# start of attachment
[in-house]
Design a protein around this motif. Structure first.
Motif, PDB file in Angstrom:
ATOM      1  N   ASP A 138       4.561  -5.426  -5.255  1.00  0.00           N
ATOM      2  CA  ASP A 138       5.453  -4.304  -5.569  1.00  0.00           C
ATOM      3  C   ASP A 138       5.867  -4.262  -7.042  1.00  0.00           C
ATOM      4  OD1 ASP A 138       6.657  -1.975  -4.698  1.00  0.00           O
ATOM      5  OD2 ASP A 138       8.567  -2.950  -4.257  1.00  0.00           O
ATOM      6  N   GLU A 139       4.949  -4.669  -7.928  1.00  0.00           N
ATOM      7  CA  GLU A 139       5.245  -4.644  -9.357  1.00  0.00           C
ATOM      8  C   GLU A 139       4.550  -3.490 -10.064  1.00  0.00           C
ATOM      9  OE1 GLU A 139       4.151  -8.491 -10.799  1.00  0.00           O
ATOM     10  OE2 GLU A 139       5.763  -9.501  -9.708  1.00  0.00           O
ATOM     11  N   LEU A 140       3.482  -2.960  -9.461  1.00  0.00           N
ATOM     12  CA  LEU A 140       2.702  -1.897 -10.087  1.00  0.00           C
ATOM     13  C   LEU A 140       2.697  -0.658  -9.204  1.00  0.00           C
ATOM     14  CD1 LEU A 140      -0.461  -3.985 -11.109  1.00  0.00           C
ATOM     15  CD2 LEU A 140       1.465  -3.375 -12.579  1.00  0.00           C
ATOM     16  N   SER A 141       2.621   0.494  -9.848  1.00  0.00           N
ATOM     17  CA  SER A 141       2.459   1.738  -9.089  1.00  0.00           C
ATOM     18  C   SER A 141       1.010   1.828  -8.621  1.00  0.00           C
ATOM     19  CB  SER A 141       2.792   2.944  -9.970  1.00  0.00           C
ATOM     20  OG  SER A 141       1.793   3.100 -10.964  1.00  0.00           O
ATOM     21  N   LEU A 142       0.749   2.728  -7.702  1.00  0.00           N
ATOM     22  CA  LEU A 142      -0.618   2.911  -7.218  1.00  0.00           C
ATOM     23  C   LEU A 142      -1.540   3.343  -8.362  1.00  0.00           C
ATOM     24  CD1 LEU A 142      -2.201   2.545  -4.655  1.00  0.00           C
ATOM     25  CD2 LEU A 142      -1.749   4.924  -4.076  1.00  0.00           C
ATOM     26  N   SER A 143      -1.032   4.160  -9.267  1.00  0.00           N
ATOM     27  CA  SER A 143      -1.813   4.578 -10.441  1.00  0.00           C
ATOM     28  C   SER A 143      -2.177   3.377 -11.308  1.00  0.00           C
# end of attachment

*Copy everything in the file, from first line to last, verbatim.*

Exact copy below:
[in-house]
Design a protein around this motif. Structure first.
Motif, PDB file in Angstrom:
ATOM      1  N   ASP A 138       4.561  -5.426  -5.255  1.00  0.00           N
ATOM      2  CA  ASP A 138       5.453  -4.304  -5.569  1.00  0.00           C
ATOM      3  C   ASP A 138       5.867  -4.262  -7.042  1.00  0.00           C
ATOM      4  OD1 ASP A 138       6.657  -1.975  -4.698  1.00  0.00           O
ATOM      5  OD2 ASP A 138       8.567  -2.950  -4.257  1.00  0.00           O
ATOM      6  N   GLU A 139       4.949  -4.669  -7.928  1.00  0.00           N
ATOM      7  CA  GLU A 139       5.245  -4.644  -9.357  1.00  0.00           C
ATOM      8  C   GLU A 139       4.550  -3.490 -10.064  1.00  0.00           C
ATOM      9  OE1 GLU A 139       4.151  -8.491 -10.799  1.00  0.00           O
ATOM     10  OE2 GLU A 139       5.763  -9.501  -9.708  1.00  0.00           O
ATOM     11  N   LEU A 140       3.482  -2.960  -9.461  1.00  0.00           N
ATOM     12  CA  LEU A 140       2.702  -1.897 -10.087  1.00  0.00           C
ATOM     13  C   LEU A 140       2.697  -0.658  -9.204  1.00  0.00           C
ATOM     14  CD1 LEU A 140      -0.461  -3.985 -11.109  1.00  0.00           C
ATOM     15  CD2 LEU A 140       1.465  -3.375 -12.579  1.00  0.00           C
ATOM     16  N   SER A 141       2.621   0.494  -9.848  1.00  0.00           N
ATOM     17  CA  SER A 141       2.459   1.738  -9.089  1.00  0.00           C
ATOM     18  C   SER A 141       1.010   1.828  -8.621  1.00  0.00           C
ATOM     19  CB  SER A 141       2.792   2.944  -9.970  1.00  0.00           C
ATOM     20  OG  SER A 141       1.793   3.100 -10.964  1.00  0.00           O
ATOM     21  N   LEU A 142       0.749   2.728  -7.702  1.00  0.00           N
ATOM     22  CA  LEU A 142      -0.618   2.911  -7.218  1.00  0.00           C
ATOM     23  C   LEU A 142      -1.540   3.343  -8.362  1.00  0.00           C
ATOM     24  CD1 LEU A 142      -2.201   2.545  -4.655  1.00  0.00           C
ATOM     25  CD2 LEU A 142      -1.749   4.924  -4.076  1.00  0.00           C
ATOM     26  N   SER A 143      -1.032   4.160  -9.267  1.00  0.00           N
ATOM     27  CA  SER A 143      -1.813   4.578 -10.441  1.00  0.00           C
ATOM     28  C   SER A 143      -2.177   3.377 -11.308  1.00  0.00           C